Build and they will come… to vote for you.
So goes the conventional wisdom on how to attract votes from the real estate industry. In New York that puts incumbent Mayor Michael Bloomberg on the clear path to victory, as his 60-plus percent approval rating indicates.
Brokers and developers see Bloomberg as a booster of development, even when his efforts fall short, as they did in his bid to build a New York Jets stadium on the far West Side and bring the Olympics to the city.
“I think this city needs a businessman,” came a typical response from a senior vice president at CB Richard Ellis, Brad Gerla. “New York is a business; of course, there are people living here and things like that, but the way to run the city’s bureaucracy is to run it as a business.”
One look at the annual Mayor’s Management Report and you don’t have to stretch your mind to understand why Bloomberg already has the support of every major building and trades union. In 2005, a record 110,058 building permits were issued by the city, a 26 percent increase since fiscal 2001, which ended before September 11, 2001.
Translation: jobs for builders, improved property values, and real estate transactions (and real estate transaction taxes that helped create an unexpected budget windfall last year.)
With mega-building projects on the way in downtown Manhattan and Brooklyn, and three possible stadium projects on the horizon (new Yankees and Mets stadiums and a Jets stadium in Queens), it is no surprise that one of Bloomberg’s first major endorsements came from the powerhouse union, the New York Building and Construction Trades Council, with 100,000 members, followed by the unions for carpenters, electricians, painters and others.
Given the symbiosis between construction jobs and a strong real estate market, the endorsements by trade unions carry the outwardly silent support of real estate developers and brokers as a whole.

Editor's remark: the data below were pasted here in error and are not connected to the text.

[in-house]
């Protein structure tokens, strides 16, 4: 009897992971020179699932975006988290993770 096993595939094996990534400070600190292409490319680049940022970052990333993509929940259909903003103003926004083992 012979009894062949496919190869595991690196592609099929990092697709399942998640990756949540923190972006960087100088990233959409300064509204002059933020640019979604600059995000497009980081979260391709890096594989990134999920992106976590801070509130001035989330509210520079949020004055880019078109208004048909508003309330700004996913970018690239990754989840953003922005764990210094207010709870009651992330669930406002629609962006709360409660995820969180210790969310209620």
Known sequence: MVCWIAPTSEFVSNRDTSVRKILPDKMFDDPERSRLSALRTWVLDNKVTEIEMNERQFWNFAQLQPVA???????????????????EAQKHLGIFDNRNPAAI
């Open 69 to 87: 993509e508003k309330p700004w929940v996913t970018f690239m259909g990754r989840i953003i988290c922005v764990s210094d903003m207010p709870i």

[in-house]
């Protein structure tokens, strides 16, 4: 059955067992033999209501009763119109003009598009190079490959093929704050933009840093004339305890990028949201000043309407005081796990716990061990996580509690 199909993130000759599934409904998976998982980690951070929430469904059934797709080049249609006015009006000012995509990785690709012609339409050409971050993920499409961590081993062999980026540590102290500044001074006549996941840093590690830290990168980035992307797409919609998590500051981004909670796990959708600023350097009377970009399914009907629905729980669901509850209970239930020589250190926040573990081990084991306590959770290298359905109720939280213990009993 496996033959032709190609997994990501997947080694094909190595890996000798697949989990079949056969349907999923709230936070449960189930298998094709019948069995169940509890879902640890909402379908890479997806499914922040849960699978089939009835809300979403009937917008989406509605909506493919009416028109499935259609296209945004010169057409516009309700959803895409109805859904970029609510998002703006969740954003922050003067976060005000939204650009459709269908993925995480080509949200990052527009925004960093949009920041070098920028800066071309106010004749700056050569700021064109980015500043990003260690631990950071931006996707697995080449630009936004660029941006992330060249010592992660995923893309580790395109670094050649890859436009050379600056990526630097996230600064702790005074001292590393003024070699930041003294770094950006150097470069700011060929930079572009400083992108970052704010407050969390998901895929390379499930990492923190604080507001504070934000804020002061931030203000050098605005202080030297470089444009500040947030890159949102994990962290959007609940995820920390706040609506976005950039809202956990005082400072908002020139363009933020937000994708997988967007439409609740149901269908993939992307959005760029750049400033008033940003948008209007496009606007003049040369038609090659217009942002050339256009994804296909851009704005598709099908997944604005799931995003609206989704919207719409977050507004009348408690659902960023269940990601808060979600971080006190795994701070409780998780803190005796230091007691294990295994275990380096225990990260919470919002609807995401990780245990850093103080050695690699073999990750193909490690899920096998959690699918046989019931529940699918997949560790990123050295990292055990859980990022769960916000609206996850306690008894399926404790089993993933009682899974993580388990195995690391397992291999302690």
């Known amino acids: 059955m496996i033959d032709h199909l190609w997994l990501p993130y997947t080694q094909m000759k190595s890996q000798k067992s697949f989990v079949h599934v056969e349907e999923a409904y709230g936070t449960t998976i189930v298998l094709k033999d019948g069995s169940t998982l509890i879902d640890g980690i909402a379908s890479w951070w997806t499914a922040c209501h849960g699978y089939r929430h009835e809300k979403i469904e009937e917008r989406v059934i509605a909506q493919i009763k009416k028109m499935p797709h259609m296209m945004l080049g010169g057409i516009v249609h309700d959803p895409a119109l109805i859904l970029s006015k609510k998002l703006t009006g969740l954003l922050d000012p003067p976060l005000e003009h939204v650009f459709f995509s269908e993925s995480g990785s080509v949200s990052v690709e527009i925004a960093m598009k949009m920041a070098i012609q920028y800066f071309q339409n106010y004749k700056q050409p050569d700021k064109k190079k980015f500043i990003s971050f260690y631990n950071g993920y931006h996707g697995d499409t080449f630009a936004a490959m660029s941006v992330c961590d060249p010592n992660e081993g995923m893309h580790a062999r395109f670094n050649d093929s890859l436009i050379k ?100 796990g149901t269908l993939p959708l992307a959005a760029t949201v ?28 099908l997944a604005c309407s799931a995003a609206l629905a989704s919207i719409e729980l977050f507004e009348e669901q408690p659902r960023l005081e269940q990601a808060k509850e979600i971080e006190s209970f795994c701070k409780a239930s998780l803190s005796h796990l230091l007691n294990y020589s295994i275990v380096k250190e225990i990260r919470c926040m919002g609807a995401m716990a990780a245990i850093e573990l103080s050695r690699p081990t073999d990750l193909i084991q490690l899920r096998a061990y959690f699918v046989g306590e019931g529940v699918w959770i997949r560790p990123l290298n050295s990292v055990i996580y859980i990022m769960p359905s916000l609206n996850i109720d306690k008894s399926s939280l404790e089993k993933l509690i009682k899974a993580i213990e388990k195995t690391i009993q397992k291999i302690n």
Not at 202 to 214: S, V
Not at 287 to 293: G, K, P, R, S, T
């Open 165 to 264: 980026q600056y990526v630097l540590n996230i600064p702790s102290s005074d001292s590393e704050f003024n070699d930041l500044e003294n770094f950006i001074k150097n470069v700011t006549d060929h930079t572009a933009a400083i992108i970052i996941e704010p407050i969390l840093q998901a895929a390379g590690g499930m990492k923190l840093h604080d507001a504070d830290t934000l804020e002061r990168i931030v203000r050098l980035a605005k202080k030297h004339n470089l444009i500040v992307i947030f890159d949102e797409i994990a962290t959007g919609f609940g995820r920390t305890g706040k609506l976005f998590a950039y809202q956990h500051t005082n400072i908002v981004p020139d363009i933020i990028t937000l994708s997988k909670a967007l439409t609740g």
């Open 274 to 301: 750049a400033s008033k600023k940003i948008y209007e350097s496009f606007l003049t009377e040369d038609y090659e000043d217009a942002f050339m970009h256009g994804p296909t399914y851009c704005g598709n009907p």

“It’s not unusual for us to be in agreement with the construction trades. More often than not we’re in agreement,” said Steven Spinola, president of the Real Estate Board of New York. “But clearly the mayor has been able to get more non-construction trades as well.”
Perhaps most significant of those endorsements has been DC37, the 121,000-member union for city employees. Equally important is the host of Democratic political clubs that have come out in favor of the Republican mayor.
“Crime is down, real estate values are at an all-time high, infrastructure [issues are being addressed], and he took on the Board of Education,” Spinola said. “I’m not sure what you can be unhappy about. Mike Bloomberg has proven he is damn good at his job.”
Of course, nothing is for certain in this city, a maxim the mayor learned the hard way when state Assembly leader Sheldon Silver blocked the Jets deal earlier this summer, mortally wounding the city’s Olympic bid.
Holdouts from the real estate community include the large and influential group of property owners of rent-stabilized apartments totaling about 1 million units in the city who have not cashed in on the real estate boom and still smart at Bloomberg’s 18 percent increase in real estate property taxes in 2002.
They also likely smart over the city’s Rent Guidelines Board’s vote in June to approve increases of 2.75 percent for one-year leases and 5.5 percent for two-year leases in the city’s rent-stabilized apartments, the lowest increases since 2002. Members of the board are appointed by Bloomberg.
“People say, ‘What does it matter, your property value has doubled,'” the executive director of the Community Housing Improvement Program, Patrick Siconfli, said. “Well, we’re not flipping properties.”
Like other nonprofit real estate or building associations, CHIP, as it is known, is not allowed to make endorsements. Even if he could, Siconfli is reserving judgement.
Likewise, Joe Strasburg, president of the Rent Stabilization Association, said his members, who own, on average, 60-unit buildings that are rent-stabilized, are sharing in the $400 rebate the mayor gave back in the 2005 fiscal year.
Of his members, he said, “Right now, they’re ambivalent.”
He is willing, therefore, to let Democratic mayoral nominee Fernando Ferrer impress him, which may be unlikely. Ferrer, a former Bronx borough president, will have to resist calls by housing advocates to return the entire rent regulation system back under city control, instead of the state’s.
“That’s a non-negotiable,” Strasburg said. “If Freddy Ferrer mouths what his supporters say, then it will be an issue.”
Those ifs stand in contrast to Bloomberg, who has a track record that leaves, at the very least, less in doubt.
“It’s a choice between voting for someone you know to be a great mayor,” Spinola said, “versus voting for someone who might be a great mayor.”